In light of all these challenges, at the end of the day every bump in the road that I faced only ended up benefiting me in some way. I am WAY more confident in doing things on my own now. From grocery shopping to attending government appointments alone, I am so proud to say that the only person I had was myself. It sounds cheesy but it's true! I truly feel like I am returning home a new person.

Cultural and Environmental Observations

Adapting to the Dutch way of life was an interesting process. As this was my first time in Europe, the culture shock was very prominent. I think I can finally say after 6 months, I am (sort of) a Dutchie now. Obviously life is different than in North America, but it was the little things that stuck out to me. The biking culture, how people communicate with each other, language barriers, school- life, and formalities were different for me. 

Dealing with a new currency, new language and new way of life was such an adventure. I feel like I am only just now getting the hang of it. It was amazing to immerse myself in such different cultures and customs than I was used to. 

Wrap Up

In the end, my life for the past 6 months was nothing but crazy but I would not have changed a thing. There is no denying the fact that exchange is not easy. It's tough and emotional but that is what makes it so special. Going into this experience I had no idea what to expect because I just threw myself into it. That was the fastest 6 months of my life and it flew by so quickly but I am so grateful for the memories I created. I am heartbroken that it is over for me, but I know this is not the end.

Reflection & Tips
Most Valuable Aspects of This Experience

If I had to choose the most valuable aspect of this experience, it would be that fact that I am able to do a lot more than I ever gave myself credit for. I planned this entire experience myself, I worked hard for it, and I completed it. I did not have the immediate assistance of my parents or friends back at home if I was facing an issue. I fully relied on myself and I am so proud of that. I placed myself in such a terrifying and new situation but I came out of it such a better person.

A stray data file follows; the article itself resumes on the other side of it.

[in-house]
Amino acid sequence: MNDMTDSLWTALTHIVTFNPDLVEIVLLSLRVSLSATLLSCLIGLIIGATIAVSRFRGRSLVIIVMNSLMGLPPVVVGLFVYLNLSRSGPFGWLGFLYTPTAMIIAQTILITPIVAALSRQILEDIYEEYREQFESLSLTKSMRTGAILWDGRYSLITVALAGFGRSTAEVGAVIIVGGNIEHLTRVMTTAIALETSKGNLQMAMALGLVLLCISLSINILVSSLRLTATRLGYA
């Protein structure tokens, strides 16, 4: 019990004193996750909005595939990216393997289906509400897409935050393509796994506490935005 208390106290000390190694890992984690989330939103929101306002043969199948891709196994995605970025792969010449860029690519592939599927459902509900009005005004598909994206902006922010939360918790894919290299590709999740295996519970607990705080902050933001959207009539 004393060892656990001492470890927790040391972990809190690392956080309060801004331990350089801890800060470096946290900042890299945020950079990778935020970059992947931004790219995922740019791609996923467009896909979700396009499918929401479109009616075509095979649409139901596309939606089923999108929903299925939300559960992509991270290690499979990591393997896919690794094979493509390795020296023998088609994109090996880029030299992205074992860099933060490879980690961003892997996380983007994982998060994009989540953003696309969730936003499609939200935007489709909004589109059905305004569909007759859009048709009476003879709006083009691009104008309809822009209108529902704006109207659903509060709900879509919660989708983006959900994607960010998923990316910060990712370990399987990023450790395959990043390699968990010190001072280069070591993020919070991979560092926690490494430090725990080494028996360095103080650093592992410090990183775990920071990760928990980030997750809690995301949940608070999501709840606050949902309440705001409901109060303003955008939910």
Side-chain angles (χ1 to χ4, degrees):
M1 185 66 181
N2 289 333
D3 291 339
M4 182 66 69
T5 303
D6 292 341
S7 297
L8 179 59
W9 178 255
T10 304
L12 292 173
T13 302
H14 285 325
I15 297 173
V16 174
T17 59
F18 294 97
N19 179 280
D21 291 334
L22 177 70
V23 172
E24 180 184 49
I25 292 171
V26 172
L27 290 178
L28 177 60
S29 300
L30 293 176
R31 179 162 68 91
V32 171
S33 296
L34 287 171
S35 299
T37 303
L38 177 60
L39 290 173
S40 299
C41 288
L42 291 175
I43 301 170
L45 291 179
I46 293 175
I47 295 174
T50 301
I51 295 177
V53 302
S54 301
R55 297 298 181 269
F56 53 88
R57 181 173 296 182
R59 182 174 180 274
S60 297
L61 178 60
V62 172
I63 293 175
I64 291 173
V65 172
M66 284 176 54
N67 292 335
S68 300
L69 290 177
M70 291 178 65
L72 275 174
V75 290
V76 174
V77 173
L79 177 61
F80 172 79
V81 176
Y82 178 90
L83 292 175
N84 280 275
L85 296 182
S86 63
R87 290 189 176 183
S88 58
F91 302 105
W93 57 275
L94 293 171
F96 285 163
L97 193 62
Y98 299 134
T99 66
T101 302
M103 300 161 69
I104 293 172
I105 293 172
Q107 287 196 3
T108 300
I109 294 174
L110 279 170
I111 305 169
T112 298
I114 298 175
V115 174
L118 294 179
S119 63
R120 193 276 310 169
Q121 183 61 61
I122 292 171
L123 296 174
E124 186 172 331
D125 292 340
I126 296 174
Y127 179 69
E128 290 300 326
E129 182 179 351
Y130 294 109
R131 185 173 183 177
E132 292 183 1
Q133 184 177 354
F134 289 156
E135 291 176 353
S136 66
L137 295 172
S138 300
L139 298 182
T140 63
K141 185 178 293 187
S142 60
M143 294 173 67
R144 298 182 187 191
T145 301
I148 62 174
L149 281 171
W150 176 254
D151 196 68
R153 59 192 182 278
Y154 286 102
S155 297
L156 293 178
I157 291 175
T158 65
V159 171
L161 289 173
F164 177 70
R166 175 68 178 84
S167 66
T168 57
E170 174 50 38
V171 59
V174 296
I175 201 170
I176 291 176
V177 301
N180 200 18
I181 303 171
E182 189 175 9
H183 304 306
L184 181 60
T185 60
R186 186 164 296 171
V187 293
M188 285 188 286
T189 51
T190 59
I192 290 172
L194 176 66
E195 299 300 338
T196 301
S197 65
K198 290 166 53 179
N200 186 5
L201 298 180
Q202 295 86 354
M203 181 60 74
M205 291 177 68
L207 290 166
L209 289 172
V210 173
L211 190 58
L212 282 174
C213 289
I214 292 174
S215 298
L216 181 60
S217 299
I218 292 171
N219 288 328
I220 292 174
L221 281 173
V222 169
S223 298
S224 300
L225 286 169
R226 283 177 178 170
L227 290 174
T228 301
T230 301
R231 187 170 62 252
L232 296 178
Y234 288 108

I learned that I am in charge of my own life. If I needed groceries, I had to go get them. If I needed to go to the doctor, I had to do it alone.If I wanted to make new friends, I had to put myself out there. All these things I was in charge of and that is something that really stuck with me. 

Connection to Academic Studies or Career Goals

My studies at THUAS opened my eyes to a new realm of my undergrad career. I studied European studies here and it gave me new insight compared to my criminology studies back at SFU. I learned so much about European politics and institutions, history, and their traditions/culture, all of which I had never had the chance to study before. I think my studies abroad not only benefited my undergrad career but my awareness of the world around me. 

Advice for Future Students

As much as I could talk about the logistics of studying abroad (ex:official documents, your visa, course planning etc), I think what I wish I had understood better before doing my exchange was how impactful it would be. I could have never imagined how strong the friendships I made would be or how much I would grow. 

My first piece of advice would be to not create and expectations for your experience. Go into it with an open mind and see where it takes you. Open yourself up to new opportunities and don't let fear hold you back. Setting high expectations for your exchange is great but at the end of the day this experience is not as glamorous as you expect. Things go wrong and issues arise but you can't let the minor setbacks hinder your amazing experience. Go into it with an open mind and heart and I know it will all work out.

My second piece of advice would be to cherish your new-found friendships while you can. I have met some of the most amazing people from all around the world and I am crushed to have to say goodbye, but I know this is not the end for us. I cherished every trip together, every dinner, every night out and every class together because I knew that time was limited. I can honestly say that I had no expectations to meet such good friends while abroad but I am so happy that I did. I now have friends in Spain, The USA, Greece and Lativa! Don't take these friendships for granted becauseI certainly did not!